I don’t get this Montessori thing. When should I step in to help?
The sun is back! And I’m so happy to be back to classes with the kids.
It was a delight to work with a new toddler to make orange juice together. The toddler stood back to watch me make the juice and then I gave them the peel and pointed to the little bin. They were so happy to take the orange peel and place it in the bin for me. They pick it up so quickly and love to be involved. The preschoolers were so happy to be back too; so busy you could hear a pin drop. And we had lots of new babies in our baby class, exploring and observing in the space.
Lots of fun.
One of the questions I get asked a lot by new parents coming to classes (and some long time parents too!) is how much should they be doing with their child, when to step in and help, and when to observe. So I would love to give you a few practical tips which will hopefully be useful both in the classroom and at home.
1. Step in to help just a little and step back for your child to do the rest
Dr Montessori used to wear some rosary beads and used to count the beads when she was tempted to help a child when they could manage themselves.
Who has not struggled to keep their hands off a puzzle when your child can’t quite get the puzzle piece in? Or to sit on your hands when we, as the adult, could put on their shoes much quicker?
Last week, a baby was interested in taking off their socks. I could have stepped in and taken them off for them. Instead, I helped a little by lowering the sock over their heel and then the child did the rest pulling it off by the toe of the socks.
Of course when we are in a rush, this is more difficult. But, when possible, ALLOW TIME for the child to struggle and succeed.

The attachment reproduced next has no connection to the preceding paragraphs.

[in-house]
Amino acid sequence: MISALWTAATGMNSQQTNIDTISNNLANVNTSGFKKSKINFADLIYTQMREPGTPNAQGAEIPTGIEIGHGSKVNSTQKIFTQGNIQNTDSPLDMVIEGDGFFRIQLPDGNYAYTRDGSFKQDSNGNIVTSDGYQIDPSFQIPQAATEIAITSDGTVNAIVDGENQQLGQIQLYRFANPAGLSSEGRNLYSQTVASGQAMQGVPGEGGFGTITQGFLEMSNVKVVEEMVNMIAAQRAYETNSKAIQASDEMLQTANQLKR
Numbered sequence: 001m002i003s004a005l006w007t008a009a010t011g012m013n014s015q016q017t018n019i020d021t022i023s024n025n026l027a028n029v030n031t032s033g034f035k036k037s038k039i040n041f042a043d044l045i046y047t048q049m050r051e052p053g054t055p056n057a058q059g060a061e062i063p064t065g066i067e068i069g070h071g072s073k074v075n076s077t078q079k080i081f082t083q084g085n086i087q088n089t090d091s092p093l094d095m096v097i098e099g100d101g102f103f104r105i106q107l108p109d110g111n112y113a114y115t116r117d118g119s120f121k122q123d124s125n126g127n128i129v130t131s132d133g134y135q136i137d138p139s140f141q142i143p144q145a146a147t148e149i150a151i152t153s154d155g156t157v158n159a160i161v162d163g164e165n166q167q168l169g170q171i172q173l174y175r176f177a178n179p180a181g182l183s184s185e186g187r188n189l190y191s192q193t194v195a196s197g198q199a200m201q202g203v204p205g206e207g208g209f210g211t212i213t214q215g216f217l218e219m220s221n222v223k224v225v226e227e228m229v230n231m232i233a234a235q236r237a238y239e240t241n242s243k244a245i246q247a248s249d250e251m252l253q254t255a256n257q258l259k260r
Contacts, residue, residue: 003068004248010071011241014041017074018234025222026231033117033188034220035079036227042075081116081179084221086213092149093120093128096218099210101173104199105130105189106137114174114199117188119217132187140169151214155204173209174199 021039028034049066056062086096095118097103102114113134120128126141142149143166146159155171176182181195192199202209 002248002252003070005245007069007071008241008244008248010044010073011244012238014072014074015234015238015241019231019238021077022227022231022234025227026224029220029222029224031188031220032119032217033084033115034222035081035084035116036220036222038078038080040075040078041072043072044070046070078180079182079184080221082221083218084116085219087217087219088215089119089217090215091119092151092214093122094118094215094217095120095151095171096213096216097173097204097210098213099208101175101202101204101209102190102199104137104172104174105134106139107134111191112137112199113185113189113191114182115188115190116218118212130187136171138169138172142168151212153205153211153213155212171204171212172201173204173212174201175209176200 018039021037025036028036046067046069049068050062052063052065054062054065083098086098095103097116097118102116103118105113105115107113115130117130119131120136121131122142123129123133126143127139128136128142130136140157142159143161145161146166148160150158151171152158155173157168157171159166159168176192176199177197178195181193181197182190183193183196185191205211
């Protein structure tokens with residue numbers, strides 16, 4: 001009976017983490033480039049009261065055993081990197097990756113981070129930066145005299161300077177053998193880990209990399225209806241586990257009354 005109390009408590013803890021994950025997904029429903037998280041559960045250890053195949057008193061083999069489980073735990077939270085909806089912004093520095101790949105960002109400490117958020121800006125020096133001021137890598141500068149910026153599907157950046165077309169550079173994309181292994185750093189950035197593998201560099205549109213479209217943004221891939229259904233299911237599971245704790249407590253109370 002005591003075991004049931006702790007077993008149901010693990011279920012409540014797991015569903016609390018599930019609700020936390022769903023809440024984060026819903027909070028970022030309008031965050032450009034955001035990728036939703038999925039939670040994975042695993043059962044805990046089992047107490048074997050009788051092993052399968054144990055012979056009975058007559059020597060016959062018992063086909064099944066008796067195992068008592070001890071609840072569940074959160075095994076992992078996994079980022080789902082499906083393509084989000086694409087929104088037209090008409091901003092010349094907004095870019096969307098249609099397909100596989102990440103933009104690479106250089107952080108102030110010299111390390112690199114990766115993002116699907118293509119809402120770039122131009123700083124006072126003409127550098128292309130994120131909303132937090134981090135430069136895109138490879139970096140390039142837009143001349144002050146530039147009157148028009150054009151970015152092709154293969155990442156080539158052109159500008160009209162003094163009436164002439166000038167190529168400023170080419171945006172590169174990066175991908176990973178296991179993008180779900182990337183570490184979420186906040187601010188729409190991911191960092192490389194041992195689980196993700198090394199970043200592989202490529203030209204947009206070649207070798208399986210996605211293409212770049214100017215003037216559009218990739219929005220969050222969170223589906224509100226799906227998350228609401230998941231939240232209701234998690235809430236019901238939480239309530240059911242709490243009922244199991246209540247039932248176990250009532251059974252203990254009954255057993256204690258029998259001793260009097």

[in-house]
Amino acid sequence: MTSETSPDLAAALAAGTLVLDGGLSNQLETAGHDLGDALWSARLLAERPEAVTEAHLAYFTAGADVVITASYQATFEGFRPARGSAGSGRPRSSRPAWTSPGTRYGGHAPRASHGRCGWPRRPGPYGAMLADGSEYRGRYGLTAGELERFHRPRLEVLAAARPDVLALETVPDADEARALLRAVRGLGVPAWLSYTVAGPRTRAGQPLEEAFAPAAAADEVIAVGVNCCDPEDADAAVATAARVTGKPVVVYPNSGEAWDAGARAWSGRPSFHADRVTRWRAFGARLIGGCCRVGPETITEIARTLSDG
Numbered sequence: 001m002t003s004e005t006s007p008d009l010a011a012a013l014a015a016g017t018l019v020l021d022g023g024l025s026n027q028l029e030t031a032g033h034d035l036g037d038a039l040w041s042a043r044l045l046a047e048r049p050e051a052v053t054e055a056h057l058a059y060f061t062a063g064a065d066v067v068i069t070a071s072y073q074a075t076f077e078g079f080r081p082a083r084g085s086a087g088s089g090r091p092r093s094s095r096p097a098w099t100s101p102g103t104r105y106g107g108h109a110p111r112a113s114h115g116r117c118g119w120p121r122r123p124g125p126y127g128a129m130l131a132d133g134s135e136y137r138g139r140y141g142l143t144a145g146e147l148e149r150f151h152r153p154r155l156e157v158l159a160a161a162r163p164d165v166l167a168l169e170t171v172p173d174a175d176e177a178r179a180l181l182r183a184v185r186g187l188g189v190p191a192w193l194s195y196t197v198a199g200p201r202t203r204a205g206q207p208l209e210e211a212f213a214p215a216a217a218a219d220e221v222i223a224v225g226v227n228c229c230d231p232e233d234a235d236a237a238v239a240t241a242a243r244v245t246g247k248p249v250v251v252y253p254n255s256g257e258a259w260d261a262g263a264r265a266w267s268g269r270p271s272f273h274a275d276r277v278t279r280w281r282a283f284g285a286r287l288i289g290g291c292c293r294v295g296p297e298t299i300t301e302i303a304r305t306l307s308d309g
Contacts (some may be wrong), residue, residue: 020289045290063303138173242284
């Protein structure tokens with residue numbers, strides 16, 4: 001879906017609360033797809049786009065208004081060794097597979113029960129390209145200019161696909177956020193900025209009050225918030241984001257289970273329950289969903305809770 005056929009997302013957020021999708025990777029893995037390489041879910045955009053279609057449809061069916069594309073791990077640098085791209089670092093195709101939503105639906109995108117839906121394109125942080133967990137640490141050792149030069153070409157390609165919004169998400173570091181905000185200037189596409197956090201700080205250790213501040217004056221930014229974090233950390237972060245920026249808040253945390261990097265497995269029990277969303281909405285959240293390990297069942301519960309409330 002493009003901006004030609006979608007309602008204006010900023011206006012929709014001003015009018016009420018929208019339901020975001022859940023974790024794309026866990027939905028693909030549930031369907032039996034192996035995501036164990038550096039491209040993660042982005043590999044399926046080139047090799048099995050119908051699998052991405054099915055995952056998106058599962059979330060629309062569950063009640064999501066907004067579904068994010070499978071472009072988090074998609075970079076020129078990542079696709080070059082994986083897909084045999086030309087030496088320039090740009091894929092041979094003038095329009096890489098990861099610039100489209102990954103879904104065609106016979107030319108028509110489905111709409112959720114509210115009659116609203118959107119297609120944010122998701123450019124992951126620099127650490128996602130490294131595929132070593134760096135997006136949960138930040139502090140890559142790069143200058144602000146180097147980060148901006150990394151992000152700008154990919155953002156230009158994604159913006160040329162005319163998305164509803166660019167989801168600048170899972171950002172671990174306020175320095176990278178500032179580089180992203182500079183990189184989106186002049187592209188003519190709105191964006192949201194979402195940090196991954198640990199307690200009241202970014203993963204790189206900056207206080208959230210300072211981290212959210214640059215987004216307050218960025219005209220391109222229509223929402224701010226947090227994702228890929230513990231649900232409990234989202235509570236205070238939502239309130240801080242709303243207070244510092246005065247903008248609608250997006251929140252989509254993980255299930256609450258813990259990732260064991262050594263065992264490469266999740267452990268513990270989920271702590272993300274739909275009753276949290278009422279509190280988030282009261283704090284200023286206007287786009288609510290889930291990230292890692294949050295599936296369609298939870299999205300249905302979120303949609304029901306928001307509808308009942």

2. Observe your child
I love the Montessori idea of following your child and taking cues from them. They can show you what activities they are interested in, they can show you when they are all done, or when they need you to step in to help.
A toddler explores the environment with his hands and initially without a plan what he will do first. He is attracted by activities set out for him to discover, so some activities can be set out ready rather than being packed away in a cupboard or toy box. If they show no interest in the activities set out, take them away and rotate other toys in.
Even as a baby, they can show you when they are done with an activity by looking around, crying, or fussing.
And if a toddler starts to throw an activity or struggle, you may need to step in to provide a little assistance before you step back for them to do the rest themselves. Or it can be a sign that the activity is too easy or too difficult and should be swapped for another activity.
3. Set up the environment so they can be independent
It is nice for the space to be set up so your child can help out. For example, child sized cleaning materials at hand, a hand mitt at the ready at meal times, or a small jug of milk for the child to pour his own milk at breakfast.
In this way, the child can feel like part of the family and help out.
When a child asks for my assistance to reach something, or children repeatedly need my help with an activity, I try to think of a way that I can change the environment so the child can achieve the same thing without assistance. It may be as simple as having a step stool available to wash their hands, or something like putting out just enough paper that they can repeat (and not so much that it is a lot to clean up!).
4. Do things together around the house
So all the above points talk about allowing your child to do things by themselves. But I also really value working together with my children, particularly with everyday jobs around the house.
It might be to help get ready for their grandma to visit, helping to make the bed, or tidy away some toys.
It might be shopping at the supermarket together with them helping to get things from the shelves, or working side by side in the kitchen with them doing some age appropriate activities.
5. Side by side learning – guiding your child along the path of life
Which leads me to my last suggestion: be your child’s guide through life. You don’t have to know all the answers. Living with young children with enquiring minds I find myself saying almost every day, “I don’t know…let’s find out together!”
I would love to hear about how you give your child time to be independent and how to balance that with living together. Please share your ideas over on the Facebook page here.